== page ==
I got my Facebook account when I was 14 years old, entering my first year of high school. Facebook started becoming popular a couple years before then, but my peers all viewed Facebook as an ‘old people’ site (because our parents were on it), and we seemed to collectively keep our obsession focused on MySpace. However, entering high school meant it was time to mature, and it seemed that getting a Facebook account was the way everyone was approaching that task. Gehl’s main argument is that Facebook is an addiction that changes much more than our interpersonal relationships, and though Facebook is arguably a voluntary practice, it does not feel that way. I completely agree.
I did not feel any sort of pressure to create a Facebook profile until the majority of my peers had one. Gehl writes, “communication technology increases in value as more people use it” (p. 225). The more people you know that use it, the more pressure builds on you if you do not (Gehl, p. 225). Except for Tumblr, each of my other social media accounts I have created simply because it is what seemingly all of my friends were doing at the time. Now checking all of these accounts have become a tedious, addicting practice that eats up the majority of my morning routine and spare time. The exponential growth of the population using Facebook, has initiated both peers and professional settings to assume that everyone has Facebook accounts (Gehl, p, 225). Gehl argues, “If you don’t have Facebook, you don’t exist, in all walks of life.” While he does not mean it in the literal sense, it is true in my experience that Facebook has become the medium to connect with others, and validate someone’s identity and relationships with others. I am starting a new job this year, and my supervisors contact my colleagues and I via Facebook with all important updates and information. At my previous job, the process of getting shift coverage and requesting days off was also done on Facebook. These are examples from my own life, of how Facebook has been integrated into my professional life and probably further into the professional sphere than I even realize.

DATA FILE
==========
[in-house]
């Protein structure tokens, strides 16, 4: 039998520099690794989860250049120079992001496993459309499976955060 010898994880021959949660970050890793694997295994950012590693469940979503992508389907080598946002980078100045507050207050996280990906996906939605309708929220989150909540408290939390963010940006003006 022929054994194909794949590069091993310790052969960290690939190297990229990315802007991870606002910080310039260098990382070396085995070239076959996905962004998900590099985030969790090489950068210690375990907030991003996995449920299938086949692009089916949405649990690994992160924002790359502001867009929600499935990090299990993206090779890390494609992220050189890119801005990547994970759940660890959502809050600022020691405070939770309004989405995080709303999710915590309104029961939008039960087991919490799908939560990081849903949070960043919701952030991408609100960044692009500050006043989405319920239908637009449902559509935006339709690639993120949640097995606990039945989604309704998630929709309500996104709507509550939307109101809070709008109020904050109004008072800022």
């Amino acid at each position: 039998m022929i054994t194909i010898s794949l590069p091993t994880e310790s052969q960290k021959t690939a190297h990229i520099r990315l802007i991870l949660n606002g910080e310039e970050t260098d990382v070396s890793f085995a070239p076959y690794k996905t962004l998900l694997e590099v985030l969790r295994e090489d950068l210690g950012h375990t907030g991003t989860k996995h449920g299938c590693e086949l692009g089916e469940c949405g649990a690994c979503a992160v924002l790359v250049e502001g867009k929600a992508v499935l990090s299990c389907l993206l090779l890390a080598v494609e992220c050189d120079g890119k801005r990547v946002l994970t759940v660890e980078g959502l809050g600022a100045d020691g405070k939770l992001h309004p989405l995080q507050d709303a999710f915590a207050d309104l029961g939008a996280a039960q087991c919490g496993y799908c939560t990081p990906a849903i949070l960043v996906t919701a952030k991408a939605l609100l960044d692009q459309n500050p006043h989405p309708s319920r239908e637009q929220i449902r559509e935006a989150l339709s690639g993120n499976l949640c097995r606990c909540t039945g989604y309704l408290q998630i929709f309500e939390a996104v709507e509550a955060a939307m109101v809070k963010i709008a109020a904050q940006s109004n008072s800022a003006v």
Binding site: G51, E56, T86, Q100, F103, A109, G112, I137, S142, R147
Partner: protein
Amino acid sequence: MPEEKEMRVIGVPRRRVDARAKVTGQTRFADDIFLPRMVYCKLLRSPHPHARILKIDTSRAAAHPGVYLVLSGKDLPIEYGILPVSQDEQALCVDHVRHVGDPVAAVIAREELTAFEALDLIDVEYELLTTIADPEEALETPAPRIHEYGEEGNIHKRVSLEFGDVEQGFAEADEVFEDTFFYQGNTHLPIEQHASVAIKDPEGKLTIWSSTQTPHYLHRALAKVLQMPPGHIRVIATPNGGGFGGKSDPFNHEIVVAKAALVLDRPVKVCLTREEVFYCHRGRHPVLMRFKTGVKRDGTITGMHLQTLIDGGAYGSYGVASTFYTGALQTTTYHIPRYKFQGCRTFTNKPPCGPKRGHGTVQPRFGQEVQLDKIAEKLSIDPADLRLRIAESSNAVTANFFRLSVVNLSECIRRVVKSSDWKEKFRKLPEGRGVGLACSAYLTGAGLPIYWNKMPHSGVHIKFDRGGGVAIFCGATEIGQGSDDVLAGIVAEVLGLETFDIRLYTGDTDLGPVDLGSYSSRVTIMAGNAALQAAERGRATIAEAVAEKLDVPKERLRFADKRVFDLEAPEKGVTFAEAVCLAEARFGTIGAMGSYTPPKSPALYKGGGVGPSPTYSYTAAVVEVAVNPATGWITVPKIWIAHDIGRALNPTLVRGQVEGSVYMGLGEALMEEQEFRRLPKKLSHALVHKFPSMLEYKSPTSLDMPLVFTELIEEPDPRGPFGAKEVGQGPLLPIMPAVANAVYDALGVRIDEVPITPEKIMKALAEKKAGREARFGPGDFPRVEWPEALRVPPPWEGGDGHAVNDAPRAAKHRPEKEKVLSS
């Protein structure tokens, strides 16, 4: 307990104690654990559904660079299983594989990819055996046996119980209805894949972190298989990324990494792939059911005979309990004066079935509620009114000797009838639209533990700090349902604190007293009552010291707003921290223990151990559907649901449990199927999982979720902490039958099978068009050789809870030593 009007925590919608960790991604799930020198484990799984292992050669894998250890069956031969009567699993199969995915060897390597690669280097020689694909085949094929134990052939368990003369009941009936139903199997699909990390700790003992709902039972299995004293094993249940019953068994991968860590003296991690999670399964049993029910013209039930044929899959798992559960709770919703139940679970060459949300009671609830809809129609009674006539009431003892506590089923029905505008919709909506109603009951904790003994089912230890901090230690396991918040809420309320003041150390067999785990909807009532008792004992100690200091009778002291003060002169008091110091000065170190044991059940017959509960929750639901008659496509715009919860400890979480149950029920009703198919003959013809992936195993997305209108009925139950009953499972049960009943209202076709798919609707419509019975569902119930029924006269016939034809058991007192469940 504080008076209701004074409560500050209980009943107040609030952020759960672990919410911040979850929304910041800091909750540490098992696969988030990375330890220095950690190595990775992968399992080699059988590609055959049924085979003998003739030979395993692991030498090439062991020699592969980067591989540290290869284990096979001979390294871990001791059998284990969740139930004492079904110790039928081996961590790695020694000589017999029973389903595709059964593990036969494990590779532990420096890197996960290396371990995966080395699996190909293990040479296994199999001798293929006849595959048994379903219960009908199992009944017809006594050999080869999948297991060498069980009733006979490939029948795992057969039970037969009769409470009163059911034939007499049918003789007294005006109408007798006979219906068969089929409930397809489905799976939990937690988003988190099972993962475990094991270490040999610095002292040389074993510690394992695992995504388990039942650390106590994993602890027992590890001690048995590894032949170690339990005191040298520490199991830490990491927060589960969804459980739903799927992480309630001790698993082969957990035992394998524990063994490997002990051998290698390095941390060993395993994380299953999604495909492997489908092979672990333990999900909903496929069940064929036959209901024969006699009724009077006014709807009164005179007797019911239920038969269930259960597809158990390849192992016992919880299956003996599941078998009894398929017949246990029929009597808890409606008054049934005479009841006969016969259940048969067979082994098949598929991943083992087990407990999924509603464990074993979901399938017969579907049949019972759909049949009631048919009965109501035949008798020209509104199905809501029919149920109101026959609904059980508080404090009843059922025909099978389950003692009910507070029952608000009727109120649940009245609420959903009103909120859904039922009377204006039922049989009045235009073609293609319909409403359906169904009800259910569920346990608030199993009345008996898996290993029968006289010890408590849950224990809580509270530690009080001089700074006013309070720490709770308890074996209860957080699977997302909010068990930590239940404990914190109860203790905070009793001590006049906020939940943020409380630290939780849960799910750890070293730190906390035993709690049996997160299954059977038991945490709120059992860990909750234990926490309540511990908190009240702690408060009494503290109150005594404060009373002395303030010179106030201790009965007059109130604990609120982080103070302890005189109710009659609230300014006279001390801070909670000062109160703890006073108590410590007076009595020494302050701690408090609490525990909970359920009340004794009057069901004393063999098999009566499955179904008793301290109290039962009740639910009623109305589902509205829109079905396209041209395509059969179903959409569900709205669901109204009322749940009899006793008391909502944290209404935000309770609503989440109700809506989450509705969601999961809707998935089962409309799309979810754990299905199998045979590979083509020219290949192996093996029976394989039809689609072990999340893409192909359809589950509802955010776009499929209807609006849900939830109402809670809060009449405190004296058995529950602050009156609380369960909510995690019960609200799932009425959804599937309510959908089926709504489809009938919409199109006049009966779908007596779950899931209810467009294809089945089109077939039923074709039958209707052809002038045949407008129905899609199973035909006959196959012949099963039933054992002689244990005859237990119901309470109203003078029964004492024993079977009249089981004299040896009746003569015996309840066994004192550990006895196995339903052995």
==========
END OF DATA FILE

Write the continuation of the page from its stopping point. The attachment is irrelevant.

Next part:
Facebook is also used to validate all sorts of interpersonal relationships. “Facebook The Musical” was all too true in the way it said that nothing is real until it is Facebook official. It is an ongoing joke that in order to make something official in a romantic relationship, the two people must be “in a relationship” according to their Facebook status as well. While it might seem ridiculous, I have actually overheard a couple arguing over their Facebook activity. I have had conversations with friends about whether or not we could date someone who is completely not present on Facebook or any other social media site, and we all agreed we would prefer that they were on Facebook. This contrasts with Gehl’s statement that very few Facebook friendships represent “actual, current friendships or even associations that you remotely value” (p. 231). I completely agree with his statement, as there are many people I have on Facebook (of whom I know details about their personal life), but would feel awkward if I had to interact with them in person. However, with romantic relationships, it seems to be a way to ‘claim’ your significant other, and legitimize the relationship.
Through my experience on Facebook, we may exist outside of our profiles, but it is easier to exist within.